Paradoxes Perpétuels | Opening July 6 | Rashid Rana at the Musée Guimet in Paris

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EXHIBITION: Rashid Rana, Paradoxes Perpétuels

DATES: July 6 – November 15, 2010

VENUE: Musée Guimet

This July, for their first-ever exhibition of contemporary art, the Musée Guimet in Paris will present Paradoxes Perpétuels (Perpetual Paradoxes): a mid-career retrospective of Rashid Rana, and the first ever exhibition of a Pakistani artist in Paris.
Born in 1968 in Lahore, Rashid Rana is Pakistan’s leading contemporary visual artist. Though best known for his photography and digital imagery, Rana also works in sculpture and video. This exhibition will present over thirty works covering his entire oeuvre, and will be integrated amongst two floors of the museum’s permanent collection.

Having originally studied as a painter, Rana only recently began to explore new media, inspired by cinema and popular culture. His approach to photography is the same as that of making a painting: the constructing of a final image from the conglomeration of many smaller details (that function as would pixels in a digital image). The finished works carry a tension that is born from the clash between the view of the whole and that of its accumulated parts, and yet by juxtaposing the ‘seen’ and the ‘not seen’ in this way, Rana’s work underlines the antagonisms that are played out between different readings and understandings of East versus West, questions traditions in both regions and points a finger at those that create the ‘rules’ that become the traditions of tomorrow. For example, the exhibition will include one of Rana’s first digital prints, I Love Miniatures, a historic Mughal portrait that is composed from a multitude of tiny images of commercial billboard adverts. Also included in this exhibition is an example from his now famous (and perhaps most subversive) Veil series, where an overall image of a burkha-clad woman is composed from a multitude of details of pornographic scenes, indicating much to how the East exists in the mind of the West: as an oppressive religious environment for women, in addition to being a haven for erotic possibilities.

The opening of Paradoxes Perpétuels will coincide with the exhibition of the art of Gandhara, an ancient kingdom that covered today’s region of northern and eastern Pakistan and that lasted from the early 1st millennium BCE to the 11th century CE. As such, visitors will be able to see art from Pakistan spanning a period of from the 1st millennium BCE to 2010.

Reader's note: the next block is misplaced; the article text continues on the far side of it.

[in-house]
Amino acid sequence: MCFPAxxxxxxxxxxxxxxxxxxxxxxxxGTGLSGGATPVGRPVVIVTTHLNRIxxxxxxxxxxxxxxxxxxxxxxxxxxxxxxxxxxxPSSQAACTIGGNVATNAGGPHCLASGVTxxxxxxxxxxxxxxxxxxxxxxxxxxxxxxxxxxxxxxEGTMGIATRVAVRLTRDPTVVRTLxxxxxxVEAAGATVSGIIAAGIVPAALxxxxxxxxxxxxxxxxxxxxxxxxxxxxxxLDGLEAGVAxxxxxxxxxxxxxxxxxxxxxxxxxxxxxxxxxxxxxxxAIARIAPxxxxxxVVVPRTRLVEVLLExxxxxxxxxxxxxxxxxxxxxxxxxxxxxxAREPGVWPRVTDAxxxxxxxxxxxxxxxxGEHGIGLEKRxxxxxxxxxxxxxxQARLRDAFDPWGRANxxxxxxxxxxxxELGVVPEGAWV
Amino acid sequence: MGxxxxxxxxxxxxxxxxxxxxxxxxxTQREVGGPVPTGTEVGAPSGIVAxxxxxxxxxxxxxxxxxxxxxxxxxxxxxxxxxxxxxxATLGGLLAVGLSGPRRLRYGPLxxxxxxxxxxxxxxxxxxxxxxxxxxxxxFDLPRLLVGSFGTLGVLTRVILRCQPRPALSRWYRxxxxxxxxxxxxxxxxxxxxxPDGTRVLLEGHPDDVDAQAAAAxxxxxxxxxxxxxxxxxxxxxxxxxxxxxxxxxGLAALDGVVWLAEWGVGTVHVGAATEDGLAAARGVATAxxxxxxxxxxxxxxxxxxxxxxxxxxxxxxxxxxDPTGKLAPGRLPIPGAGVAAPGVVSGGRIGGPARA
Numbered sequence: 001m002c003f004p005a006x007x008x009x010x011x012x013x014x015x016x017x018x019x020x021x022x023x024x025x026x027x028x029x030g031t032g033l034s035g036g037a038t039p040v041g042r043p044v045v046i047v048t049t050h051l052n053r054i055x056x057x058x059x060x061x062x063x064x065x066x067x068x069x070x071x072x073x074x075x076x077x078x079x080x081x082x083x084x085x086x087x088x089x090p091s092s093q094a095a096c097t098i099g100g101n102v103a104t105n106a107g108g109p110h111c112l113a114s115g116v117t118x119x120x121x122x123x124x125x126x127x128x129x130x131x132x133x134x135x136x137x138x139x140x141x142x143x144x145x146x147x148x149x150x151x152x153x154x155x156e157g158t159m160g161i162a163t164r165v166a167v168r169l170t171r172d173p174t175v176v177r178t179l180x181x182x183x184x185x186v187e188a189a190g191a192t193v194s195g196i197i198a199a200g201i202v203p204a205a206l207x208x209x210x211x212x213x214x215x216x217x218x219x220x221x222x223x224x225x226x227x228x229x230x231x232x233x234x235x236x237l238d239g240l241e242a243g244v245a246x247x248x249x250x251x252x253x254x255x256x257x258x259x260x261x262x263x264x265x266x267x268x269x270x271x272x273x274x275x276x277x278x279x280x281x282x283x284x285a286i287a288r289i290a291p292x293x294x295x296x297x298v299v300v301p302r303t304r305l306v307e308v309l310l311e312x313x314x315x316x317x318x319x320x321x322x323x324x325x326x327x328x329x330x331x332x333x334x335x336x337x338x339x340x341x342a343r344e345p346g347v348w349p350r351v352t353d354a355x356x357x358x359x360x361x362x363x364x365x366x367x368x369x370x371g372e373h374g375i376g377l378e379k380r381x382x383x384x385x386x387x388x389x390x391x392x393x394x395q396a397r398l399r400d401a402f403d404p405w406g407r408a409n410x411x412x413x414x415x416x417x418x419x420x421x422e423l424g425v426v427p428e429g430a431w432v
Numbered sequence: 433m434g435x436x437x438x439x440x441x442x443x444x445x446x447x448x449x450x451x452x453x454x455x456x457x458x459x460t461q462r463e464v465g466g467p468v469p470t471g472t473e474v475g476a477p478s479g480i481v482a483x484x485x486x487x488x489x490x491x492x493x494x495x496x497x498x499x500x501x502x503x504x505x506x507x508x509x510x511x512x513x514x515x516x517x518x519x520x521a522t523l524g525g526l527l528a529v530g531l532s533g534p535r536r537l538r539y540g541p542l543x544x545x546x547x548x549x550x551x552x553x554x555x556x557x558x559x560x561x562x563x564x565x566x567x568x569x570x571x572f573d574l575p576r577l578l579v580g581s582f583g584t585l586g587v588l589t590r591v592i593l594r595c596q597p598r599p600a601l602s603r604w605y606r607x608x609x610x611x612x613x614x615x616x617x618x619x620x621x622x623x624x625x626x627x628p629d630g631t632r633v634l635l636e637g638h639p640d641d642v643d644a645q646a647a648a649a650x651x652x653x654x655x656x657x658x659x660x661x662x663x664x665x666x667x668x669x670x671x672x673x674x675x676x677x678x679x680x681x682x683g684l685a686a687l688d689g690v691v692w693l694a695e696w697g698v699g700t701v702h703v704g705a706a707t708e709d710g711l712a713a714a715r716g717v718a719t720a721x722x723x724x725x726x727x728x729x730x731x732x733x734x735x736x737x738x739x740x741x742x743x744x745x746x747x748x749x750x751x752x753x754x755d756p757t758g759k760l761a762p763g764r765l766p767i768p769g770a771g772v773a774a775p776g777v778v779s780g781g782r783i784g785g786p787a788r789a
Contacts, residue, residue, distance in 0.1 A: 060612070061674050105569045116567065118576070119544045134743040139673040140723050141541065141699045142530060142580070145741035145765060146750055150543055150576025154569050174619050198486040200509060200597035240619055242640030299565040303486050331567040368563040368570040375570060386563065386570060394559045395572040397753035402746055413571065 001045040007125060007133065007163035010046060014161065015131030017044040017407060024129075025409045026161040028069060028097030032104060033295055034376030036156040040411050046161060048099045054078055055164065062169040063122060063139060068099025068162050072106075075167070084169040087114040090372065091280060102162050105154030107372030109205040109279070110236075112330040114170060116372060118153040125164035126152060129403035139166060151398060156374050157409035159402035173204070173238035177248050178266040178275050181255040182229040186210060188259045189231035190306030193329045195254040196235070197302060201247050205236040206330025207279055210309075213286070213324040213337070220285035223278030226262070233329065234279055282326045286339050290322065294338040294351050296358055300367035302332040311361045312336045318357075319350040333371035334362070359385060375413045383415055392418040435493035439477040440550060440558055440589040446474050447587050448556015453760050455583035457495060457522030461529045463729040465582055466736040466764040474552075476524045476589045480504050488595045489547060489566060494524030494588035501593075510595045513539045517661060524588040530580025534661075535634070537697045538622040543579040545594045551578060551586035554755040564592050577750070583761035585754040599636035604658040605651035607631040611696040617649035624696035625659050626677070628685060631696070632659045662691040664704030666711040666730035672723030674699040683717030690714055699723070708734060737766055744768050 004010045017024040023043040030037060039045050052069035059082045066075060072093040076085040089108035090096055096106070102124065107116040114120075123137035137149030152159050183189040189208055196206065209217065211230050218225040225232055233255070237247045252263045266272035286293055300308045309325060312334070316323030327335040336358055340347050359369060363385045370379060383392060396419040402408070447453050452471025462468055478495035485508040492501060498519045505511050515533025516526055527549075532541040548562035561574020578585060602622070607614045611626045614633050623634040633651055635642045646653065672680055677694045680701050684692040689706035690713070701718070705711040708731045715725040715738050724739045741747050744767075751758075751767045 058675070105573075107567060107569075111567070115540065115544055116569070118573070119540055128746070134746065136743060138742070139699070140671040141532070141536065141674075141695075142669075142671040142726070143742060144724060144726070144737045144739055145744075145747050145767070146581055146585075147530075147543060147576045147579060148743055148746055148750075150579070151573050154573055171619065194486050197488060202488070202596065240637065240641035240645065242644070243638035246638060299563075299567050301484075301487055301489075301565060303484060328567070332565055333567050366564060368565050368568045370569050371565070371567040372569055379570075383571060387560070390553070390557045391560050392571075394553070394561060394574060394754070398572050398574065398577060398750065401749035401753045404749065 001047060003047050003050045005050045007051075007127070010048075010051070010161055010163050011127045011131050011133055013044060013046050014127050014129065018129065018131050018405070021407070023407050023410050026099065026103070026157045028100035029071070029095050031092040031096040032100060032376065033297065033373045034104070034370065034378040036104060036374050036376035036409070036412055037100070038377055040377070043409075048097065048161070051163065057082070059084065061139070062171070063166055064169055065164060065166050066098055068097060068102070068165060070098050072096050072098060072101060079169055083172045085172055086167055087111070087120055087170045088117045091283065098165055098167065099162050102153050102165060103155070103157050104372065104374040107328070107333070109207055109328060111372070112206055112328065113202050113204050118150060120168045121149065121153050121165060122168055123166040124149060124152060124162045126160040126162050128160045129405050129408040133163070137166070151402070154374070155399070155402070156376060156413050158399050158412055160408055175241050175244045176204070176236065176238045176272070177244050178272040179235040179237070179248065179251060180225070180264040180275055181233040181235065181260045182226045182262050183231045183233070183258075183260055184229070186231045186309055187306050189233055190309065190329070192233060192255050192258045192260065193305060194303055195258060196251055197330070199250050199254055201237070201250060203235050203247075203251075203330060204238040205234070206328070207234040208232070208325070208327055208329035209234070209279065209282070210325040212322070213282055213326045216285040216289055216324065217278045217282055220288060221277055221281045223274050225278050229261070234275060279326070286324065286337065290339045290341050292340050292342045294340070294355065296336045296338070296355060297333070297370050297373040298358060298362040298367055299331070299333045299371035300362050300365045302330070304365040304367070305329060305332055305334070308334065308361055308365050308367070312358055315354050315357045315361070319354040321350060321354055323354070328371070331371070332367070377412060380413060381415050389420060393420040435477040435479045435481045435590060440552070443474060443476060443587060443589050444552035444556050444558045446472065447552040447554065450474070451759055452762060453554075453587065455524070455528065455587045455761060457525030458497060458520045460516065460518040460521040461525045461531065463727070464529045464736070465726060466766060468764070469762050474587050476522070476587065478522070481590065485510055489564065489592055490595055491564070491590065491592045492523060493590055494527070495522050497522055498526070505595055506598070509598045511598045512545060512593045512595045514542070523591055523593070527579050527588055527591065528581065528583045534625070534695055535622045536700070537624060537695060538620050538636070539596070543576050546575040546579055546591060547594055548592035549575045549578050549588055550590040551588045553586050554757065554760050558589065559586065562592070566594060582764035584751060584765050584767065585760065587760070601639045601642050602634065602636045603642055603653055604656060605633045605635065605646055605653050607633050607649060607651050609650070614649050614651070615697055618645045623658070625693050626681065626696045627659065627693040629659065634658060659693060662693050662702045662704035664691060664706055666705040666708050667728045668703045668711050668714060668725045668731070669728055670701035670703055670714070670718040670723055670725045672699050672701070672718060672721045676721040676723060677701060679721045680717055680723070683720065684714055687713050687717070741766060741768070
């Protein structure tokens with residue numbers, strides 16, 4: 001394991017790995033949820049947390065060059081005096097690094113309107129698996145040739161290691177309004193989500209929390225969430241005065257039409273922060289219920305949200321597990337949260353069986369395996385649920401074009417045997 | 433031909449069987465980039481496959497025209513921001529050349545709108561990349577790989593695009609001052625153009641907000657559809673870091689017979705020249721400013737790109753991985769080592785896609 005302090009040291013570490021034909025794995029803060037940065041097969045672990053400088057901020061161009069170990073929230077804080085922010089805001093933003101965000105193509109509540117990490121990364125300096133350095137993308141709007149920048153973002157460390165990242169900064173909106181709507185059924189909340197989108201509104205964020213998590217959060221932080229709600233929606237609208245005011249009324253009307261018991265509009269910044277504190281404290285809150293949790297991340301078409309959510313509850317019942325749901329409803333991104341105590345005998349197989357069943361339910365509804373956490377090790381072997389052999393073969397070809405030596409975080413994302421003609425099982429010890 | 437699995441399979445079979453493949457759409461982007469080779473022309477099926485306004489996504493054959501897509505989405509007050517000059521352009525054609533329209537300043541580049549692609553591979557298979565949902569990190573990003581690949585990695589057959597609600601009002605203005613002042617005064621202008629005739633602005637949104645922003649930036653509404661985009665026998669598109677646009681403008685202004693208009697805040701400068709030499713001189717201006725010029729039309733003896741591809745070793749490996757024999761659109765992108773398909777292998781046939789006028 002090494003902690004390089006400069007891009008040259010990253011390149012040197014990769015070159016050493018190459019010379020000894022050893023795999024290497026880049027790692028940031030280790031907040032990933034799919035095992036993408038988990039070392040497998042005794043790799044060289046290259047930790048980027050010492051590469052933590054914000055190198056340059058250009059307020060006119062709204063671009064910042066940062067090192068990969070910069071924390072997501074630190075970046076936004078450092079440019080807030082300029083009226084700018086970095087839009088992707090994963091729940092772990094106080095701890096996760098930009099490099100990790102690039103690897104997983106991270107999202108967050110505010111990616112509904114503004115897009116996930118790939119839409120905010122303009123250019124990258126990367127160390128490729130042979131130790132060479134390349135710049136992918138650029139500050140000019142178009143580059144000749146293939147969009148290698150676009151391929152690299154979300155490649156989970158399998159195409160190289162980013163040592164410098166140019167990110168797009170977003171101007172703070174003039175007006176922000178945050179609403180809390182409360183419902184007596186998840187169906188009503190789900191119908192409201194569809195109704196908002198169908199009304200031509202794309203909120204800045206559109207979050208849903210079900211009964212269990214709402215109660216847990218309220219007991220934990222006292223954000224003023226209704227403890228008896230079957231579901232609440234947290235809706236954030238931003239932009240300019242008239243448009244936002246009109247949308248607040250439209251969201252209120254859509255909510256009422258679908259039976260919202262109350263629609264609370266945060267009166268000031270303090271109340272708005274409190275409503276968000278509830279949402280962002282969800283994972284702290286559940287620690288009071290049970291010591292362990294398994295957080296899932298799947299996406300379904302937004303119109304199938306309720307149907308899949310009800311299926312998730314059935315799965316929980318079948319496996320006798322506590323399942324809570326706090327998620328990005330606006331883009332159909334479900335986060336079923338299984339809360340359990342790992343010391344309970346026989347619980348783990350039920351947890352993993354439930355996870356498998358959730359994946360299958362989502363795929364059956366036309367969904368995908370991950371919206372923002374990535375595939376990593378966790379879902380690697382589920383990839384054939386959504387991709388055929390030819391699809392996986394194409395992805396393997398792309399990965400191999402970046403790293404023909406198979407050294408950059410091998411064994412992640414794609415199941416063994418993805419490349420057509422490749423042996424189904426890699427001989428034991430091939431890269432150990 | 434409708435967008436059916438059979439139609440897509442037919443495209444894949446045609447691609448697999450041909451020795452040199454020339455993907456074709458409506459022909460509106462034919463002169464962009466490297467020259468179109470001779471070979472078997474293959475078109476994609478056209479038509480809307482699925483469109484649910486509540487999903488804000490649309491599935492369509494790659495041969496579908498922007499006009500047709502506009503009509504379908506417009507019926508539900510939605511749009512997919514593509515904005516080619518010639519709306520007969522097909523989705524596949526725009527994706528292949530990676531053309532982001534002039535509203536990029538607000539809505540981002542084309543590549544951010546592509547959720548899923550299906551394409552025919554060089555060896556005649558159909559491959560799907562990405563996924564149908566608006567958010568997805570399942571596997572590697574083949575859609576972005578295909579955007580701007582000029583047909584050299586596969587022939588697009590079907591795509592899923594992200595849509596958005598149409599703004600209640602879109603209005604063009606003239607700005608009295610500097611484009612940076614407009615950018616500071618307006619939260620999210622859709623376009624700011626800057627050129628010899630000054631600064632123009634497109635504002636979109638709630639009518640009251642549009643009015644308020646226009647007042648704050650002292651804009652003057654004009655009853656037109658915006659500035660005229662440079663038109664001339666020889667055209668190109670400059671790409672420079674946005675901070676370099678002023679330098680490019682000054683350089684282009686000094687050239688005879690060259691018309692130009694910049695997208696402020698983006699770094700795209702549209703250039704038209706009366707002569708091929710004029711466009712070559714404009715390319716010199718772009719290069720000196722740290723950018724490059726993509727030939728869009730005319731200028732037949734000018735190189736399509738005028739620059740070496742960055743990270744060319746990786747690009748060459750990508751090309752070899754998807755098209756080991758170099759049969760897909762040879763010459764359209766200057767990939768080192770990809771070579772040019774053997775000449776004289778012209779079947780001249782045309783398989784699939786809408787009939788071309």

This exhibition marks the Musée Guimet’s first steps towards exhibiting contemporary art, and has beenmade possible thanks to the vision and efforts of Mr Jacques Gies, President of the Musee Guimet;Caroline Arhuero, Project Manager for Contemporary Art and Head of the Exhibition Department andMuseology, and guest curators Arianne Levene and Eglantine de Ganay, working under the banner ofA&E Projects.Renowned in South Asia, Rashid Rana’s works are included in a number of private and public collectionsin Europe and the US. He frequently features in international exhibitions such as The Empire Strikes Back:Indian art Today at the Saatchi Gallery (London, 2010); Where Dreams Cross: 150 years of Photography fromIndia, Pakistan and Bangladesh at the Whitechapel Gallery (London, 2010); and Hanging Fire: ContemporaryArt from Pakistan at the Asia Society Museum (New York, 2009). Since 2006 Rana’s works have beenappearing in the major auctions of contemporary art, where their prices have placed him among the sixhighest performing photographers at auction worldwide.

The Musée Guimet

The Musée Guimet was the creation of Emile Guimet (1836-1918), a Lyons industrialist who devised theproject of opening a museum devoted to the religions of Ancient Egypt, Classical Antiquity, and Asia.Guimet visited Egypt and Greece before traveling around the world in 1876, stopping off in Japan,China and India. In the course of his travels he acquired extensive collections of objects that he put ondisplay in a museum that was opened in Lyon in 1879. These collections were subsequently transferred toa new museum which he had built in Paris and which was inaugurated ten years later. From 1945, withinthe framework of a massive reorganization of the French national collections, the Musée Guimettransferred its Egyptian pieces to the Louvre and, in return, received the entire collection of objects fromthe Louvre’s Department of Asian Arts.The Musée Guimet6, place d’Iéna75116 ParisTel: 0033 1 56 52 53 00The museum is open every day (except Tuesday) from 10:00 to 18:00

www.guimet.fr